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BMC Pregnancy Childbirth. 2017 Nov 14;17(1):378. doi: 10.1186/s12884-017-1562-7.

Behaviour change interventions to reduce second-hand smoke exposure at home in pregnant women - a systematic review and intervention appraisal.

Author information

1
Department of Public Health and Policy, Institute of Psychology, Health and Society, University of Liverpool, Waterhouse Building B, Liverpool, L69 3GL, UK. dheranim@liverpool.ac.uk.
2
Lancashire Care NHS Foundation Trust, Preston, UK.
3
Department of Health Sciences, University of York, York, UK.
4
Department of Clinical Psychology, National Institute of Mental Health and Neuro Sciences (NIMHANS), Bengaluru, India.
5
Department of Economics, Dhaka University, Dhaka, Bangladesh.
6
Department of Psychiatry, Institute of Psychology, Health and Society, University of Liverpool, Liverpool, UK.

Abstract

BACKGROUND:

Second-hand smoke (SHS) exposure during pregnancy is associated with poor pregnancy and foetal outcomes. Theory-based behaviour change interventions (BCI) have been used successfully to change smoking related behaviours and offer the potential to reduce exposure of SHS in pregnant women. Systematic reviews conducted so far do not evaluate the generalisability and scalability of interventions. The objectives of this review were to (1) report the BCIs for reduction in home exposure to SHS for pregnant women; and (2) critically appraise intervention-reporting, generalisability, feasibility and scalability of the BCIs employed.

METHODS:

Standard methods following PRISMA guidelines were employed. Eight databases were searched from 2000 to 2015 in English. The studies included used BCIs on pregnant women to reduce their home SHS exposure by targeting husbands/partners. The Workgroup for Intervention Development and Evaluation Research (WIDER) guidelines were used to assess intervention reporting. Generalisability, feasibility and scalability were assessed against criteria described by Bonell and Milat.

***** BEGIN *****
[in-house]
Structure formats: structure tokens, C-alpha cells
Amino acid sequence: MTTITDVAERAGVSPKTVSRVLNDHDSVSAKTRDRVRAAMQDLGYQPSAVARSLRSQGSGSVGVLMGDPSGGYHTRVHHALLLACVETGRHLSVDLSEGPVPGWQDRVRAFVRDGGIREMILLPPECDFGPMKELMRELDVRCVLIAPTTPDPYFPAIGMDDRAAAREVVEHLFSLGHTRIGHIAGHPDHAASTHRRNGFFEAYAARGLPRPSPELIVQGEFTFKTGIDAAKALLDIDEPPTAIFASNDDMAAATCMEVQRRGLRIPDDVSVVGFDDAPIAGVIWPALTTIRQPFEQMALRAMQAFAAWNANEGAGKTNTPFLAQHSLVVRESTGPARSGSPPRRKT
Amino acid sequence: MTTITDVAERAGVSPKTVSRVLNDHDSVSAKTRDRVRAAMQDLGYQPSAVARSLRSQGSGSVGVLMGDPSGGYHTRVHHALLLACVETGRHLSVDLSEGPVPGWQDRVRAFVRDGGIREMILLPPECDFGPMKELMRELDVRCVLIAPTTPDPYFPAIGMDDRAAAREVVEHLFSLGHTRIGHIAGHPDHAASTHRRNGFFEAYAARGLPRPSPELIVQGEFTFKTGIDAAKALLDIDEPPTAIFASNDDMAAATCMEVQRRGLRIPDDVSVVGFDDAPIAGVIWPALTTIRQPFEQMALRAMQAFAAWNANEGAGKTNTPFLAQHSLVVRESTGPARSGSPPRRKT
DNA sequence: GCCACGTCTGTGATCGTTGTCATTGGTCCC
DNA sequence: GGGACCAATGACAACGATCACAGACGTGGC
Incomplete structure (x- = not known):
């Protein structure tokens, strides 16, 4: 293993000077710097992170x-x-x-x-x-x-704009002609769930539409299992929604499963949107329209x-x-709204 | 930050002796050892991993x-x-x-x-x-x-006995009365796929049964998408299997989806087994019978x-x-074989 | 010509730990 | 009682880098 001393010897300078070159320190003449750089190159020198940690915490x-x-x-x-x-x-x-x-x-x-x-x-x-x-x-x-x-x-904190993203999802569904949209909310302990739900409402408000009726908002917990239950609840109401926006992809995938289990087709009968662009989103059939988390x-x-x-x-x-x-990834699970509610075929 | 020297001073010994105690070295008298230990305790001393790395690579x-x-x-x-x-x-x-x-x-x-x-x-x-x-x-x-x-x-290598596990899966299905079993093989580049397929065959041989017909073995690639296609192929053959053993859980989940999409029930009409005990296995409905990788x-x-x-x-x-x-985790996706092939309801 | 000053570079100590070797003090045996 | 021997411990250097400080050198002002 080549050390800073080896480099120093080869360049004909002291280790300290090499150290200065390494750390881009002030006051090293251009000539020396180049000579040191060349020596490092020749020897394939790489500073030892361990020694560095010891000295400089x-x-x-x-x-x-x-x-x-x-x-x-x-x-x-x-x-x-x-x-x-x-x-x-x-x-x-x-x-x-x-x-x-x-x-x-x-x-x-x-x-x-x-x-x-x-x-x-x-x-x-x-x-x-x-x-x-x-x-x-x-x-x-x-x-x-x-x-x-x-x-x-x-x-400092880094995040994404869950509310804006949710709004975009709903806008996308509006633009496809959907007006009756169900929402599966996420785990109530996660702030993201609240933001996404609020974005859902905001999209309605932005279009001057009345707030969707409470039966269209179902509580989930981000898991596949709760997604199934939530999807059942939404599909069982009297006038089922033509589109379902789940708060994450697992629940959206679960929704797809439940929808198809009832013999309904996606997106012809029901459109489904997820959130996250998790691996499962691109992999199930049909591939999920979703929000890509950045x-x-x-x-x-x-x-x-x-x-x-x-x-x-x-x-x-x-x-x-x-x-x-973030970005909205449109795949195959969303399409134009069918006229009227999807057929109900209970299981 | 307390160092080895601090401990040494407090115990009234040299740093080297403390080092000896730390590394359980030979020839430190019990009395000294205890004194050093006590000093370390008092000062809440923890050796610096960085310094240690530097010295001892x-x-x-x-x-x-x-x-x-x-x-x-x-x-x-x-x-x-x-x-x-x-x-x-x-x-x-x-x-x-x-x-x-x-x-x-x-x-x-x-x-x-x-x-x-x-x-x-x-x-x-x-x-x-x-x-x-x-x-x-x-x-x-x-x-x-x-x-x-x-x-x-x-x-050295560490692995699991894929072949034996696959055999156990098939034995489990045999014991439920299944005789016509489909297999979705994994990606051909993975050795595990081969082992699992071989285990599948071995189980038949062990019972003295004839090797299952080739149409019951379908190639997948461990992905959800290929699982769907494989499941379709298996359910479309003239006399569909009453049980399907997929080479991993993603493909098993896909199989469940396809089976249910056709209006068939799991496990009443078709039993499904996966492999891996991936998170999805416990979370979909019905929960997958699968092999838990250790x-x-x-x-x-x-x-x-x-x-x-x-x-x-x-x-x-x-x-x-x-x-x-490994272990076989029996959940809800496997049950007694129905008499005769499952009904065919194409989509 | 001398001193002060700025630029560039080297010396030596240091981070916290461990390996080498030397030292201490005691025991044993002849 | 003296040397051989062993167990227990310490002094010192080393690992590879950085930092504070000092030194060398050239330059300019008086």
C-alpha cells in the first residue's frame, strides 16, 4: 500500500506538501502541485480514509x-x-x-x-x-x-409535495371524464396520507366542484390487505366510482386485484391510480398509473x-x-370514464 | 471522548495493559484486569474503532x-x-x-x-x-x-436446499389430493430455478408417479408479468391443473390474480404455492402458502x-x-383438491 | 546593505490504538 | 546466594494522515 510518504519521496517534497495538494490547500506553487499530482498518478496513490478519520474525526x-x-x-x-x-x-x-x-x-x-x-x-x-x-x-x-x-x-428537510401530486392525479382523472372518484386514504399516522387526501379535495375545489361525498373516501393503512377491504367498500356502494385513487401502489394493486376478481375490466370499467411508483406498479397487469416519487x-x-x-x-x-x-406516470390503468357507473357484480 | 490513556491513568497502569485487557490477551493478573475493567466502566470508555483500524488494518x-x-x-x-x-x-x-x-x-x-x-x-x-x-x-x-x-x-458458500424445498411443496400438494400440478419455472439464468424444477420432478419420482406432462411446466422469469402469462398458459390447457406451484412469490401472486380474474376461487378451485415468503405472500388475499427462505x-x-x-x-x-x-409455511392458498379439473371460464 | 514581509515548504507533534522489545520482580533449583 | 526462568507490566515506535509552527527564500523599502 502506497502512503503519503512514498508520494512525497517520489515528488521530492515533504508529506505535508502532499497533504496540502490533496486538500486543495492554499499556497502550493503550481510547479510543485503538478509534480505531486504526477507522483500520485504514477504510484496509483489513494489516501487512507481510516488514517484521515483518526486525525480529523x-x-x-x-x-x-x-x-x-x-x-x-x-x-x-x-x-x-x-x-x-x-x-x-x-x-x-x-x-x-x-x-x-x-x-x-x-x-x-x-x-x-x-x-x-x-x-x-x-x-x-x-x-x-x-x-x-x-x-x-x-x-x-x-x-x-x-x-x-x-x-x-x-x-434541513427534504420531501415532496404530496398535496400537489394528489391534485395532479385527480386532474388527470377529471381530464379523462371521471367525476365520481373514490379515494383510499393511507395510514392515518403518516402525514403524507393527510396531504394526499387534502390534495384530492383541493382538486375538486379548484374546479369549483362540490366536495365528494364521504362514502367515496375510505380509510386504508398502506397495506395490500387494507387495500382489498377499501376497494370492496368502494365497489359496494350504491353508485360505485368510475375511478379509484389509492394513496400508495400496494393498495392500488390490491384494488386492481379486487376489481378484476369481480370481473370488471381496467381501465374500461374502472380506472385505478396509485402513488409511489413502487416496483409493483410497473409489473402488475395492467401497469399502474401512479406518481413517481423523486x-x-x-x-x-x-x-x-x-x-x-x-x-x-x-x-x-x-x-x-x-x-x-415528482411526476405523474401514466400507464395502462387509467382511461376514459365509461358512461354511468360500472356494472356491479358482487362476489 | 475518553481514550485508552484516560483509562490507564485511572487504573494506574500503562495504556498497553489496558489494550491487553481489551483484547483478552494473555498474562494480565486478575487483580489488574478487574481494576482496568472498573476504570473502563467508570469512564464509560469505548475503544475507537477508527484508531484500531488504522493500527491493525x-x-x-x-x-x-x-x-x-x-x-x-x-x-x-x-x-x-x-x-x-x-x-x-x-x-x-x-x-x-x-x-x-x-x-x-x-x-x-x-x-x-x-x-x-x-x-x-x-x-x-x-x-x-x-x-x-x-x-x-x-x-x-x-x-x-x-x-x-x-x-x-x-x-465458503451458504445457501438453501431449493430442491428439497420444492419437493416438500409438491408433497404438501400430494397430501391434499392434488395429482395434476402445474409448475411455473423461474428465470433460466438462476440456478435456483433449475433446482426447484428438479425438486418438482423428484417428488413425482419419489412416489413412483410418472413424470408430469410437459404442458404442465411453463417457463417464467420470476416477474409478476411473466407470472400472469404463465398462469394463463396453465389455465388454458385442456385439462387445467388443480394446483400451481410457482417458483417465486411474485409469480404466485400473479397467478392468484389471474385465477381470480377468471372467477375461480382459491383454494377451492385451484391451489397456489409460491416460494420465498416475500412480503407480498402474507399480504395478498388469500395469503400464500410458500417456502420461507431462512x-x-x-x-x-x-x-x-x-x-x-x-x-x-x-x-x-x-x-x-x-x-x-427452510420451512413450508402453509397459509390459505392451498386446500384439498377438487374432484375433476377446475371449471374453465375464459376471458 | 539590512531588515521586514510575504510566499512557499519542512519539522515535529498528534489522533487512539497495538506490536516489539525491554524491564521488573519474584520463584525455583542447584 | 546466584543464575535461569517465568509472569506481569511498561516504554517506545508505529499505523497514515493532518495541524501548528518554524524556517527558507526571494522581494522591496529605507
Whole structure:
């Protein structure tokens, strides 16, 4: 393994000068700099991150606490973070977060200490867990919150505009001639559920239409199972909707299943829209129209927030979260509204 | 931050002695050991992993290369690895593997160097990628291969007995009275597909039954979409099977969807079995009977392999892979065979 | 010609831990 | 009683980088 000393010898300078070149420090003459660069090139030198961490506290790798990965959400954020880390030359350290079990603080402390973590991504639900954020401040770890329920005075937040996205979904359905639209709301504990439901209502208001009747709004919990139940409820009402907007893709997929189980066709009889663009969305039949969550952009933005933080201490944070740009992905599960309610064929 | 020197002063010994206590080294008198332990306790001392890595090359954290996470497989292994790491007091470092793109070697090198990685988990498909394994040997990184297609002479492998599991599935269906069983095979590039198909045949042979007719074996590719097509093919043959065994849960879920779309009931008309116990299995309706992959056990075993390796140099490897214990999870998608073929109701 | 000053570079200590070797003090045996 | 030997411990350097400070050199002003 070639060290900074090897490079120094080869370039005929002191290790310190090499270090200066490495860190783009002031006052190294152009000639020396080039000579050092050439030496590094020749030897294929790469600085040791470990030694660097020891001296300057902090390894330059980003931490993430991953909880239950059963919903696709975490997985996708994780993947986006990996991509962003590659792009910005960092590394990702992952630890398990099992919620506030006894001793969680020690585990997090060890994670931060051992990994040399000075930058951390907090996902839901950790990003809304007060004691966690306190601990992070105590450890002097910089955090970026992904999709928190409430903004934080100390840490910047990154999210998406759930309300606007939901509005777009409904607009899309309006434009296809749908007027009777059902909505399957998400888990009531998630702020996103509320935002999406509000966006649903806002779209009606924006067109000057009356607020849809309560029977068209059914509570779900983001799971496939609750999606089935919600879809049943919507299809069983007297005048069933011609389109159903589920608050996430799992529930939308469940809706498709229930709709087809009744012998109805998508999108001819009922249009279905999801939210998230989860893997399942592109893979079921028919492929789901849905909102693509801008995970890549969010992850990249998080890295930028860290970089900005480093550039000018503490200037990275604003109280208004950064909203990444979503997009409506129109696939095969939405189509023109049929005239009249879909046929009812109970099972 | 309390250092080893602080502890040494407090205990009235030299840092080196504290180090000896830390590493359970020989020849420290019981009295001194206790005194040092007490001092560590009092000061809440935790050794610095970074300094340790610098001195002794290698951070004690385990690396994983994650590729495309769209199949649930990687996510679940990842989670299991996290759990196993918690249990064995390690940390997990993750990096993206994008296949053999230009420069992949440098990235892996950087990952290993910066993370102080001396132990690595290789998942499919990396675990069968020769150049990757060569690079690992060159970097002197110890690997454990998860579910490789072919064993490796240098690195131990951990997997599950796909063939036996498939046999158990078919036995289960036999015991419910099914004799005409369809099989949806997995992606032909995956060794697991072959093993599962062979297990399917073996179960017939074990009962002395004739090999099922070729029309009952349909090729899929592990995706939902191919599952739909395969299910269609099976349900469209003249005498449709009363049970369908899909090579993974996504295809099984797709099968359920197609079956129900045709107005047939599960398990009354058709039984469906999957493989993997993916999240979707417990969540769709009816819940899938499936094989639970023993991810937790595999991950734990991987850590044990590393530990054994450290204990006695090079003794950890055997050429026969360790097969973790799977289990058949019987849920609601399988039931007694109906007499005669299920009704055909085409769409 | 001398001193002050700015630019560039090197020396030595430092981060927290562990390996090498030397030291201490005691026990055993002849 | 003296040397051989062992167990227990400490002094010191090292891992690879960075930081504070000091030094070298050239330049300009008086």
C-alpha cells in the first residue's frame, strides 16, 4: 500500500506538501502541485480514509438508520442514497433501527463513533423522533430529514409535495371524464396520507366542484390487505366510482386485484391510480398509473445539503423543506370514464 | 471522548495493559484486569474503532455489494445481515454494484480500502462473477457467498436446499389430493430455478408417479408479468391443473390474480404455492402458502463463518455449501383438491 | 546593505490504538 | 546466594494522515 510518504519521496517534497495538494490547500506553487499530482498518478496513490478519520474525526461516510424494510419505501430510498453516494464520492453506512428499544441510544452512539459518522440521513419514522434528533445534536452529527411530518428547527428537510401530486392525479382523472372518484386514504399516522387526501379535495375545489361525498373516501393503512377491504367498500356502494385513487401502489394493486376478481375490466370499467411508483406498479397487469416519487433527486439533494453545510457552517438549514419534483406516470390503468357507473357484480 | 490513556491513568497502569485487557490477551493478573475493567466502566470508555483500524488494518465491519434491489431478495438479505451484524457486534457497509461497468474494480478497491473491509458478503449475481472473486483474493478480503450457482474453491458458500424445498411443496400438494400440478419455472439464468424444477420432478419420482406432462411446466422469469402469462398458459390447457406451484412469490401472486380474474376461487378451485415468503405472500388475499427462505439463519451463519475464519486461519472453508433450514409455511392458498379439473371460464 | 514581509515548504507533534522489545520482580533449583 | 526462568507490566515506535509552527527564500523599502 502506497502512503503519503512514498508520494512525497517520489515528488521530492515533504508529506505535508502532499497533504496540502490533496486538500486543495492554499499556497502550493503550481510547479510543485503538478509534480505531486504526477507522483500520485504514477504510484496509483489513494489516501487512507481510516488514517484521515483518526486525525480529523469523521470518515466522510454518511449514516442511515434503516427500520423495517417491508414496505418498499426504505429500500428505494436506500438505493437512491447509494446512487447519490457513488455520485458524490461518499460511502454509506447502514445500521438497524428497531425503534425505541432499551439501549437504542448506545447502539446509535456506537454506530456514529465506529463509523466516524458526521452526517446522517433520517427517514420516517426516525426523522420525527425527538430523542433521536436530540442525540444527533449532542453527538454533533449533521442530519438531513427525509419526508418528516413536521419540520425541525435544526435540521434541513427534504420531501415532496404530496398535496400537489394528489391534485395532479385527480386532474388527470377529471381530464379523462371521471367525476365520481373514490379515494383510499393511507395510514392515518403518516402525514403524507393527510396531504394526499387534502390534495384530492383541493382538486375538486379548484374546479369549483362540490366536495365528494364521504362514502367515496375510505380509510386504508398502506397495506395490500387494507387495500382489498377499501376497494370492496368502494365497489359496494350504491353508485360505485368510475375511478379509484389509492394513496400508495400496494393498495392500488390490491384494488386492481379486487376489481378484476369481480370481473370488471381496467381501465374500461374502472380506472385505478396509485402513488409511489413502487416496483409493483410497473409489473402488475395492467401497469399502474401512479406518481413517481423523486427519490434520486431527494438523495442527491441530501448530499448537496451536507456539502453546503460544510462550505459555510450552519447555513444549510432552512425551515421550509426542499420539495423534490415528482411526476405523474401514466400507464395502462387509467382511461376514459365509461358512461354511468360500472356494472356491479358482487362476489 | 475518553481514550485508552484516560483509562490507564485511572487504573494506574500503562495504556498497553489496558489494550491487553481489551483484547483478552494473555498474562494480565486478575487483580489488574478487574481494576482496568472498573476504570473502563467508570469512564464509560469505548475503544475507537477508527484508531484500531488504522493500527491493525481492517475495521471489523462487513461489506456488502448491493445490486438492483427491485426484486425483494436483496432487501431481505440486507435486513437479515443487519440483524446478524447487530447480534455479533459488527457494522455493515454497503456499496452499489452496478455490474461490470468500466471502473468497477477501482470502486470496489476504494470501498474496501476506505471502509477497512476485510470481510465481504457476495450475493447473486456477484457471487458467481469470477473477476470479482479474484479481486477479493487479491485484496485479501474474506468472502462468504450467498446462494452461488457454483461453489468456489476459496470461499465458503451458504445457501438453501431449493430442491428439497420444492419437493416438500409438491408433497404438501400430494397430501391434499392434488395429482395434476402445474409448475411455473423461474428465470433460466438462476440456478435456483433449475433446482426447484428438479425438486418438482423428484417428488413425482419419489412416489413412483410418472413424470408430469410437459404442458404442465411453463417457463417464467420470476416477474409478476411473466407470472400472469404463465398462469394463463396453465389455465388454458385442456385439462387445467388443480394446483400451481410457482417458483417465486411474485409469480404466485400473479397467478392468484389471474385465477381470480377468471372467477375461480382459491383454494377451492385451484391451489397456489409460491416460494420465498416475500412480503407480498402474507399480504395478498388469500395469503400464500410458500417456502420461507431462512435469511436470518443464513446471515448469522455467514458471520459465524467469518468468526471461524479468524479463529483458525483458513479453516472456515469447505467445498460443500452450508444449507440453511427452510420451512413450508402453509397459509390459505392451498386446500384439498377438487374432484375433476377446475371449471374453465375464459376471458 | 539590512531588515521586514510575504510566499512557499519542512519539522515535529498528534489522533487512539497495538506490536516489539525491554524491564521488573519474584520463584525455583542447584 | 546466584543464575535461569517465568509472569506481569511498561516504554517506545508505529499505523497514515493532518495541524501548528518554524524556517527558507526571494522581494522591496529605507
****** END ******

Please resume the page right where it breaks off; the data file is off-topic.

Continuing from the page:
RESULTS:

Of 3479 papers identified, six studies met the inclusion criteria. These studies found that BCIs led to increased knowledge about SHS harms, reduction or husbands quitting smoking, and increased susceptibility and change in level of actions to reduce SHS at home. Two studies reported objective exposure measures, and one reported objective health outcomes. The studies partially followed WIDER guidelines for reporting, and none met all generalisability, feasibility and scalability criteria.

CONCLUSIONS:

There is a dearth of literature in this area and the quality of studies reviewed was moderate to low. The BCIs appear effective in reducing SHS, however, weak study methodology (self-reported exposure, lack of objective outcome assessment, short follow-up, absence of control group) preclude firm conclusion. Some components of the WIDER checklist were followed for BCI reporting, scalability and feasibility of the studies were not described. More rigorous studies using biochemical and clinical measures for exposures and health outcomes in varied study settings are required. Studies should report interventions in detail using WIDER checklist and assess them for generalisability, feasibility and scalability.

TRIAL REGISTRATION:

CRD40125026666.

KEYWORDS:

Behaviour change; Pregnancy health; Second-hand smoke

PMID:
29137602
PMCID:
PMC5686952
DOI:
10.1186/s12884-017-1562-7
[Indexed for MEDLINE]
Free PMC Article

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